Author and historian Michael Anthony says the publishing of his most recent book would not have been possible without the T&T Guardian. At a NGC Bocas Lit Fest short talk on the evolution of Carnival yesterday, Anthony discussed the T&T Guardian’s role in bringing Carnival to the Queen’s Park Savannah in 1919. “If that hadn’t happened I wouldn’t have written this book,” he said.
The 1919 Victory Carnival, a chapter in his book, Carnivals of Trinidad and Tobago from Inception to Year 2000 (Macmillan 2011), was the first year Carnival celebrations and competitions were taken to the venue where Carnival’s most definitive stage is now housed.
|Author and historian Michael Anthony autographs his book|
after making a presentation on the evolution of Carnival
at the Old Fire Station in Port-of-Spain,
during the 2012 NGC Bocas Lit Fest yesterday.
PHOTO: SHIRLEY BAHADUR
As Anthony pointed out, in 1919 the Trinidad Guardian—at the time a broadsheet—sponsored Carnival celebrations at the Queen’s Park Savannah to commemorate the end of World War I. He said that the participants were mainly upper-class and news reports from this era wrote solely from that viewpoint.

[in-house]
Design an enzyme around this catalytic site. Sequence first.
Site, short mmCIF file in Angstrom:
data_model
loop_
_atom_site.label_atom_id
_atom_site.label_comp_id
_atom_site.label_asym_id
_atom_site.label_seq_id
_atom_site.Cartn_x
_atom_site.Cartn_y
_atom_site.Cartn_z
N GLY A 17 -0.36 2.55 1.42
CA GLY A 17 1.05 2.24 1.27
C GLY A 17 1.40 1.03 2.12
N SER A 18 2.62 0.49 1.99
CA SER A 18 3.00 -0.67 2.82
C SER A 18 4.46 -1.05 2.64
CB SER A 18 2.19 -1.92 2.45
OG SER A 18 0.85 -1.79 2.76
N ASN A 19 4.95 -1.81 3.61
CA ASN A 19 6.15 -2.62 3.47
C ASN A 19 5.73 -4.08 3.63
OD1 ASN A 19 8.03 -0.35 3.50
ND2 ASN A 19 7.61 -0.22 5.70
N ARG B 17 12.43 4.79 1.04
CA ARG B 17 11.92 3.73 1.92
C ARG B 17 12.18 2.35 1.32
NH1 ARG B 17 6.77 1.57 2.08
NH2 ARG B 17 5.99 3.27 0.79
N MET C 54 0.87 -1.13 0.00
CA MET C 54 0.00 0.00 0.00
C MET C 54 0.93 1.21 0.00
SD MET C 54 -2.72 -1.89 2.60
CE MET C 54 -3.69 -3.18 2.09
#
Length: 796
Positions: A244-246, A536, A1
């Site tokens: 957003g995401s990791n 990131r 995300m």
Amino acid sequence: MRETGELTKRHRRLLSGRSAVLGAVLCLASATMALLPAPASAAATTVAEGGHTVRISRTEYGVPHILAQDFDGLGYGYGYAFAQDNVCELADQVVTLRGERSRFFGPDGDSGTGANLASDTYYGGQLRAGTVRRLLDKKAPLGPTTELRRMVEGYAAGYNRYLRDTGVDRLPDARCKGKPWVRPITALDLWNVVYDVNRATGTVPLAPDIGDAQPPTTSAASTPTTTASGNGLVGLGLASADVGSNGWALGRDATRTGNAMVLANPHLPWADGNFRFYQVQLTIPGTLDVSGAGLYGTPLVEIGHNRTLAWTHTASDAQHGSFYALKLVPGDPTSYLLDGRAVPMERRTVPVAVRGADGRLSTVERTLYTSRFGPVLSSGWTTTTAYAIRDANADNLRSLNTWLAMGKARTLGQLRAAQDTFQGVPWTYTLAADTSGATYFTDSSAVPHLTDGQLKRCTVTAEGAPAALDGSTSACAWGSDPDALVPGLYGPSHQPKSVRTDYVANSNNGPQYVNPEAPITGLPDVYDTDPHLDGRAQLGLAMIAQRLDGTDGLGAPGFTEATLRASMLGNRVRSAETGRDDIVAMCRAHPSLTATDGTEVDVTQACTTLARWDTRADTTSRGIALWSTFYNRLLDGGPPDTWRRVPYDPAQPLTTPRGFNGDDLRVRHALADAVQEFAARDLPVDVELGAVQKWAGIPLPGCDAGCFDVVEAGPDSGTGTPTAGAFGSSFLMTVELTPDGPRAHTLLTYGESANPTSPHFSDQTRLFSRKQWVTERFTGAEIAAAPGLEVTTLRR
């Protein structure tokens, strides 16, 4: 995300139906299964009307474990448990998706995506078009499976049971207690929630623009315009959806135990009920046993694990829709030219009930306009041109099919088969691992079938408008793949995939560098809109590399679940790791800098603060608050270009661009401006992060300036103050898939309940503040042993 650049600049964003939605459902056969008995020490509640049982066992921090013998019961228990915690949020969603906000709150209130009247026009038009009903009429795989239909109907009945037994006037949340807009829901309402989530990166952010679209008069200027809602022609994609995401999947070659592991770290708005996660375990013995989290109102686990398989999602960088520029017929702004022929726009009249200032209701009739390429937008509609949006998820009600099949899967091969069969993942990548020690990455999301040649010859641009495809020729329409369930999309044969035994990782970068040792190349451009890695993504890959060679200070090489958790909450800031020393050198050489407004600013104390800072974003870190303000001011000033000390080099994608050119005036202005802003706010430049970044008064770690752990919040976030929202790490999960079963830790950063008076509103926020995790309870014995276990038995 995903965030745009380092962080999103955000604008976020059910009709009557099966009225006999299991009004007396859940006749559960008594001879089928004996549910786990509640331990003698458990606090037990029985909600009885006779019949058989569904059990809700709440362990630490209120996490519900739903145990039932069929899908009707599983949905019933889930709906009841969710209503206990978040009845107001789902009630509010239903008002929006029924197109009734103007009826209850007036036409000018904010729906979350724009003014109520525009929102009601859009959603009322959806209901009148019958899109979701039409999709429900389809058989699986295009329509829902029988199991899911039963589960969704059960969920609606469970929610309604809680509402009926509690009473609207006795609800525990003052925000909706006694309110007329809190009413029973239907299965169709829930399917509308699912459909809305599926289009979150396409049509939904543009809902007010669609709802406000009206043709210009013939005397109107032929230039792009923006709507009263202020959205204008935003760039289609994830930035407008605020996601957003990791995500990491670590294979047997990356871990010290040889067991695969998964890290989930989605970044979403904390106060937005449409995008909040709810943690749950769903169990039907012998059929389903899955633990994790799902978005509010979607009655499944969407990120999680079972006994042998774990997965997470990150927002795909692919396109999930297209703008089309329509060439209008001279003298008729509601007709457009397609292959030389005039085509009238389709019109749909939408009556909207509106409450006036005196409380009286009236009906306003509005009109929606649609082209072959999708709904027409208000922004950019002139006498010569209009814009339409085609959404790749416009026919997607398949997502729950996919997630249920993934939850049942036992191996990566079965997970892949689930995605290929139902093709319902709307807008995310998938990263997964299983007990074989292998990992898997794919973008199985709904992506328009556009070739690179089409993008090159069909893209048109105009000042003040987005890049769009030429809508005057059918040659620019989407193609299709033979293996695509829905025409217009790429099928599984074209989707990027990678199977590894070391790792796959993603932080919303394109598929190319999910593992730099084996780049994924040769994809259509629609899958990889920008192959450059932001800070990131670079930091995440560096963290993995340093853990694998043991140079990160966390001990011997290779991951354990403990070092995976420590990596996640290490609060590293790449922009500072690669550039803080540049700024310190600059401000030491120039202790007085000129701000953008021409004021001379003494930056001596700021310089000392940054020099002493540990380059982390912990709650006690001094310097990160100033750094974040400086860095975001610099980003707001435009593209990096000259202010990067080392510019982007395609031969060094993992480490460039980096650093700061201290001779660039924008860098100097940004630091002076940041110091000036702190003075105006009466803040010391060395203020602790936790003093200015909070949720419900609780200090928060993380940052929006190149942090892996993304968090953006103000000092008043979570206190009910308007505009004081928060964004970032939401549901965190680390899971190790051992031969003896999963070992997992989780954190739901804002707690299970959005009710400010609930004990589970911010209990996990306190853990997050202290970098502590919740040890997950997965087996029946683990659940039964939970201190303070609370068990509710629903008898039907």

The T&T Guardian continued to sponsor Carnivals at the Savannah and when the transition from private to state-sponsored Carnivals occurred, the gates were opened to the public. Although the Queen’s Park Savannah has evolved into a home for the festival, the mas performed there has waned he said. Anthony expressed disappointment with Carnival’s commercial shift, saying the glorious period of Carnival, which he places in the 1930s, is gone.
“My feeling is that it has definitely declined and lost its meaningfulness. The best part of Carnival that remains in its natural form is the J’Ouvert.” When Carnival became a business, it lost the traditions of art and theatre, he observed. The discussion yesterday, chaired by radio journalist Sterling Henderson, opened with a reading on the Carnival of 1962, the Carnival of the Independence year. Anthony described the vicious battle for the calypso crown between The Mighty Sparrow and Mighty Dougla and the placards at J’Ouvert that read “Lord Hailes seeing his last Carnival.”